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Hollywood stuntman, cowboy tells his story

Hollywood stuntman, cowboy tells his story

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Dean Smith, a Hollywood stuntman and actor who worked with some of the biggest names in the movie business, tells his story in Cowboy Stuntman: From Olympic Gold to the Silver Screen (Texas Tech University Press, $29.95 hardcover).

And what a story it is, written with the help of veteran author and journalist Mike Cox.

The list of actors Smith doubled for, or worked with, during his career is incredible: John Wayne, Roy Rogers, Jimmy Stewart, Robert Redford, Robert Duvall, Danny Kaye, Paul Newman, Michael Douglas, Sylvester Stallone, John Travolta, Maureen O'Hara, Dolly Parton, Natalie Wood, Shelley Winters, among others. Several of them became good friends, especially John Wayne and Roy Rogers.

James Garner helped him get his start in Hollywood, and Dale Robertson gave Smith his first big break as his stunt double in the TV western series Tales of Wells Fargo. He and Robertson would be close friends until Robertson's death earlier this year.

Smith won a gold medal in the 1952 Olympics, while at the University of Texas, running the opening leg of the 400-meter sprint relay for the United States. He continued to win races for decades after his Olympic performance. At age 44, he won a 40-yard sprint against a speedy 23-year-old wide receiver for the Miami Dolphins.

Smith devotes a chapter in the book to his work with John Wayne on The Alamo in 1959. In the movie, he doubled for Frankie Avalon but also was in numerous fighting scenes, both as an Alamo defender and a Mexican soldier.

Once during a break in the action, he was paired up to race a horse for 40 yards. Bets were taken, most of them on the horse. Smith won the first two races before the horse finally prevailed in the third.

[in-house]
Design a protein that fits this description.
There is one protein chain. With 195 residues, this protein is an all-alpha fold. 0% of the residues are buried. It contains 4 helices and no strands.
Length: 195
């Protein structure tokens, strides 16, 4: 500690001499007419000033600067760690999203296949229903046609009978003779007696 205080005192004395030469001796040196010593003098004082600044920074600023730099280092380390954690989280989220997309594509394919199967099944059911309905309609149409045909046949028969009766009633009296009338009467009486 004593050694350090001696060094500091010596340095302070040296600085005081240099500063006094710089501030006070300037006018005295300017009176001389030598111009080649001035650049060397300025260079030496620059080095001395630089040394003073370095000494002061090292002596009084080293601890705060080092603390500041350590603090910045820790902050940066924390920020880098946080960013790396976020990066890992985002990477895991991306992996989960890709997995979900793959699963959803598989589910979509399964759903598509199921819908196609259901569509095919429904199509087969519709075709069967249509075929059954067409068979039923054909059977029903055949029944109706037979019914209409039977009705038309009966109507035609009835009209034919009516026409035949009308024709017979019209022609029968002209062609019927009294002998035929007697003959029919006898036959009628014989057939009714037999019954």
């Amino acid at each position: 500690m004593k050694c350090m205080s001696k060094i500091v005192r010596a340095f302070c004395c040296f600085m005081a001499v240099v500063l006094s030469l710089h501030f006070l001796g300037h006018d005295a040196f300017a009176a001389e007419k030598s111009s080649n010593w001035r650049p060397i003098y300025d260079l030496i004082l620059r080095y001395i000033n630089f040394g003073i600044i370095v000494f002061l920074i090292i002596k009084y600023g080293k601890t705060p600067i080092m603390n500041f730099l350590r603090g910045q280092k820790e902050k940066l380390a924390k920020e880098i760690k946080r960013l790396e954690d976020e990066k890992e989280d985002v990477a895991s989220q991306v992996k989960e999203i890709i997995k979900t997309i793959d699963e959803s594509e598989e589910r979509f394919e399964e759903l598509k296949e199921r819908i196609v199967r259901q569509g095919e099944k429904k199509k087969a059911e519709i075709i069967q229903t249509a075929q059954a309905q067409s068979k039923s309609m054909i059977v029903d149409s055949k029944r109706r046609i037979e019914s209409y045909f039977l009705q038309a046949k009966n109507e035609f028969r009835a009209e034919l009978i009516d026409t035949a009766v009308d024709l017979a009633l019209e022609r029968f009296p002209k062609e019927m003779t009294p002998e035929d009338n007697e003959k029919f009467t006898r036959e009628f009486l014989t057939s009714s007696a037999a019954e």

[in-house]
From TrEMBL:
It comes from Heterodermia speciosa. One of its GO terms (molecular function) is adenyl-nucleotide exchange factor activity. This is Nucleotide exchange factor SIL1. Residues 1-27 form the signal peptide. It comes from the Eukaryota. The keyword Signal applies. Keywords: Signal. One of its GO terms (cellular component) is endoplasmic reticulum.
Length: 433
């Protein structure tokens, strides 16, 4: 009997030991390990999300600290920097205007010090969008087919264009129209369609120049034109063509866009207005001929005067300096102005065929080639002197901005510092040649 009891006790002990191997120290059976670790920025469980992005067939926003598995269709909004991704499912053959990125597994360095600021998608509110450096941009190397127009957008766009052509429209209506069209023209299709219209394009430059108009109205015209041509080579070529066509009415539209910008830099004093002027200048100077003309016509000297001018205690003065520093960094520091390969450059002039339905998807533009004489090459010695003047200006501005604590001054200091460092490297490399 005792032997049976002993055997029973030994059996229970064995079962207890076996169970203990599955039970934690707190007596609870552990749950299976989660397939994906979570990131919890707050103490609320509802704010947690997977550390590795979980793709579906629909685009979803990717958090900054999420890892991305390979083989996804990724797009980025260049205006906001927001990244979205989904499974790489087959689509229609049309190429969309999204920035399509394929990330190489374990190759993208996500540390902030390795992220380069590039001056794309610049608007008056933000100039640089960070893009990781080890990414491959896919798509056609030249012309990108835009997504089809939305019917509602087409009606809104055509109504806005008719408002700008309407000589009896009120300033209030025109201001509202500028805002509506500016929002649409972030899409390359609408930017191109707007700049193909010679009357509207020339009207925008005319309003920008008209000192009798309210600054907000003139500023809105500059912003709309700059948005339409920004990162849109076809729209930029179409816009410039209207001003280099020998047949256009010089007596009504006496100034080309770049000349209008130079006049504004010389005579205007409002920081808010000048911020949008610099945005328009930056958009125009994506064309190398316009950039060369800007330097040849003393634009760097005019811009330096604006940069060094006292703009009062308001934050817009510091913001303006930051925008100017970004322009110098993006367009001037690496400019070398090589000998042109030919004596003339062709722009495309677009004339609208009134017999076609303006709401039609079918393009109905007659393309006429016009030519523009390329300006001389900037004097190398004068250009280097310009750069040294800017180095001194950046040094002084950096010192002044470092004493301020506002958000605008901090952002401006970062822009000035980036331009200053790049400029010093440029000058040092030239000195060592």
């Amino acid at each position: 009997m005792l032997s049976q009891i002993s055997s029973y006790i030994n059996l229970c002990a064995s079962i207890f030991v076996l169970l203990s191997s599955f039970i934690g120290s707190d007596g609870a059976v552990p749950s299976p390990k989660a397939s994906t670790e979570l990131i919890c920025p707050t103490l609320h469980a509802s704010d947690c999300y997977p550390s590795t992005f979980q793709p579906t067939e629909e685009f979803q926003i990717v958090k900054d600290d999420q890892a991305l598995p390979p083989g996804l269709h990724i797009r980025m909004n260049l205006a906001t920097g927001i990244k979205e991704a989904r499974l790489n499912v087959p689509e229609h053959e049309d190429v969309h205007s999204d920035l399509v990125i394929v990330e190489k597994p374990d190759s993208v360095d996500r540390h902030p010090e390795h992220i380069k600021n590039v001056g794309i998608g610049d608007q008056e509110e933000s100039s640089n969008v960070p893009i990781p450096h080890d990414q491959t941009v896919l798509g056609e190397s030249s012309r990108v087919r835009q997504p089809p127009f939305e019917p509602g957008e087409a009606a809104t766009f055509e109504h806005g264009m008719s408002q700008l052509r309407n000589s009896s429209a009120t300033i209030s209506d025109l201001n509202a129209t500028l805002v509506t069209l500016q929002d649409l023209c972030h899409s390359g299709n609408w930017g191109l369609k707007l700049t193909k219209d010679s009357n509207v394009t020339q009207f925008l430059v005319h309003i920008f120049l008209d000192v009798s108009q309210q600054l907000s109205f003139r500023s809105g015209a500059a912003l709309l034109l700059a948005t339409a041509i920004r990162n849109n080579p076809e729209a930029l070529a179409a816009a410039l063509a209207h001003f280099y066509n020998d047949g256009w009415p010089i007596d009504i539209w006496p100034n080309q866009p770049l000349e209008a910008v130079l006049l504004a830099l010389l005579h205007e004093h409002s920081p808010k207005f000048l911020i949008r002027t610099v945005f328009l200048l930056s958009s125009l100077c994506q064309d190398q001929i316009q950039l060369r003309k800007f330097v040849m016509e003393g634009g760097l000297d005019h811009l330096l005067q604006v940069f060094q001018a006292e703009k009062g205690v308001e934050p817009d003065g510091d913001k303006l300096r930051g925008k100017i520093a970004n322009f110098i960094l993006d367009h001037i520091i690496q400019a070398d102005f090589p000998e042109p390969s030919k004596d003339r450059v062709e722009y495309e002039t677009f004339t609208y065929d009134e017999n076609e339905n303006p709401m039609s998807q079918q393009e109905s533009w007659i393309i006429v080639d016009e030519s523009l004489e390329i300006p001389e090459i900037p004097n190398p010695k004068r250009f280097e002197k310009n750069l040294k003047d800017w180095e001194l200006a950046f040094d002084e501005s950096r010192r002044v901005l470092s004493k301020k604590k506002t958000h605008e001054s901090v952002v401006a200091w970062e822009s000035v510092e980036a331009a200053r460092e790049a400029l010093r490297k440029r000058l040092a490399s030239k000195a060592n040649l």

He and wife Debby later were married in the little church at Alamo Village near Brackettville. They live on a ranch between Graham and Breckenridge with their 14-year-old son.

Smith was diagnosed with bone marrow cancer eight years ago and gets regular infusions to fight the disease.

"Having cancer certainly makes you realize how great it is to be alive and be productive," he writes. "My advice to people is if you're not feeling well, get checked out -- don't mess around."

Smith, 81, has been inducted into the Stuntmen's Hall of Fame, the UT Hall of Fame, the Texas Sports Hall of Fame, and the Texas Cowboy Hall of Fame, among others.

"I realize I was in the movie business at a special time," he reflects, and he decries the death of the old-time Western movies.

"I'd dearly love to see them make good Westerns again," he says. Besides being full of action, "those movies gave us a sense of fair play, even though real life is not fair. I think our Western myth convinced several generations of Americans to stand up and do what's right."

Glenn Dromgoole writes about Texas books and authors. Contact him at

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